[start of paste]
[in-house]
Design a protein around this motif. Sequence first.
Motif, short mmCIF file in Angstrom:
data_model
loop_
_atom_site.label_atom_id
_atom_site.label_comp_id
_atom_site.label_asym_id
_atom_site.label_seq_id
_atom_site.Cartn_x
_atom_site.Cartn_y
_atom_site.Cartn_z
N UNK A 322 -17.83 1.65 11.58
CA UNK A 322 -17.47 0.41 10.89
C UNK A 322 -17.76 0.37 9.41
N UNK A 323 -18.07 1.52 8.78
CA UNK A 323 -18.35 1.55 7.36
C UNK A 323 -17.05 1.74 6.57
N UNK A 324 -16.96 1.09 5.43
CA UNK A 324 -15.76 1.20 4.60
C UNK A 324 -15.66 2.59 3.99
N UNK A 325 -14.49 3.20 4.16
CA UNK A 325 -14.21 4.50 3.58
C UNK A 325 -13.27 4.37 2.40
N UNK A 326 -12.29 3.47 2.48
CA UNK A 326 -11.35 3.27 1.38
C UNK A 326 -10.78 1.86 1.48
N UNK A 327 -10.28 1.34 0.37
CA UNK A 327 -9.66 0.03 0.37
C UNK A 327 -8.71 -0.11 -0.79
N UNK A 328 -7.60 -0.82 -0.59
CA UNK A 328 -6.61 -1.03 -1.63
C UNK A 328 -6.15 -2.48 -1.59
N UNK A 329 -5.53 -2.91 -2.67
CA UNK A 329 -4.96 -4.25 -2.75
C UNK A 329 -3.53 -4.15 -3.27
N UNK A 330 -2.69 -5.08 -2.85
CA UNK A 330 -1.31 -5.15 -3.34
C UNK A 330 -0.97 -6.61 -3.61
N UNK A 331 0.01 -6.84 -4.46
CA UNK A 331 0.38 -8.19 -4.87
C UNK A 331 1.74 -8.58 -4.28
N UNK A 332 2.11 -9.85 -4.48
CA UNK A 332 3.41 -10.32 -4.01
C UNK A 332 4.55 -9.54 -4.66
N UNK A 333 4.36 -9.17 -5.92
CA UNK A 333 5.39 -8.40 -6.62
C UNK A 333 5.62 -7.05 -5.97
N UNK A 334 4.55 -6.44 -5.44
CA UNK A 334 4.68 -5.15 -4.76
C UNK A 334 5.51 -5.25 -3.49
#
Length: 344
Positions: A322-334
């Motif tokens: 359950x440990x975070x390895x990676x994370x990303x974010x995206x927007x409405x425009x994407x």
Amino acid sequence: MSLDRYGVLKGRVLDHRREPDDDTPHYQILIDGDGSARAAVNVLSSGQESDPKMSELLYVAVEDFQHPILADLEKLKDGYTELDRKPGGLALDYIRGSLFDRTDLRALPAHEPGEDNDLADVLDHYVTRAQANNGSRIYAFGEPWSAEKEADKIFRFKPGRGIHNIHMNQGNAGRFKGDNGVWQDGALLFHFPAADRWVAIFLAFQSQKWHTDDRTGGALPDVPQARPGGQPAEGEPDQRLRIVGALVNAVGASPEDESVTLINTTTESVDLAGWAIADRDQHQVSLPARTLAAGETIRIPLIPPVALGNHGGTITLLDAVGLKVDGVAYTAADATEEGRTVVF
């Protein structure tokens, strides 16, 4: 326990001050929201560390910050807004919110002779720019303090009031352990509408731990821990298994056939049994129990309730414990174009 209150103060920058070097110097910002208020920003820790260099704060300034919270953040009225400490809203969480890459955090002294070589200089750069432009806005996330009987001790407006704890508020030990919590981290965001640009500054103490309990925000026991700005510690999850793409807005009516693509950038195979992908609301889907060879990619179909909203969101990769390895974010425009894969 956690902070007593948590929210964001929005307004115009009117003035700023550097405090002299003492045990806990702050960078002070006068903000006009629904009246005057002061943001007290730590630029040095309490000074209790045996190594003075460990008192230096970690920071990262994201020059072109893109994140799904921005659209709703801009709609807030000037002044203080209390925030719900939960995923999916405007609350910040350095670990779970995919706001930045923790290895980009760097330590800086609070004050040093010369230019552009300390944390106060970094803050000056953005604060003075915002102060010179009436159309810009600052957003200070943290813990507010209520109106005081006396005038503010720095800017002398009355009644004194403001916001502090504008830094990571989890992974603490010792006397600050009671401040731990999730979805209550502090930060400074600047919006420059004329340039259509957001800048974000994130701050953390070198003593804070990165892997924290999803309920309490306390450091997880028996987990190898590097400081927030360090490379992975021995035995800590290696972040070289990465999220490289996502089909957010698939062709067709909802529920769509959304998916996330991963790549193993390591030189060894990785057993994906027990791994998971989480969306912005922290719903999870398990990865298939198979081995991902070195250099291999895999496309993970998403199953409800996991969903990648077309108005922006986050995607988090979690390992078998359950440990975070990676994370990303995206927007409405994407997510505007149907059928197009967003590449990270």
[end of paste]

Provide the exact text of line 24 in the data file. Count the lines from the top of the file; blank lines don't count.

C UNK A 325 -13.27 4.37 2.40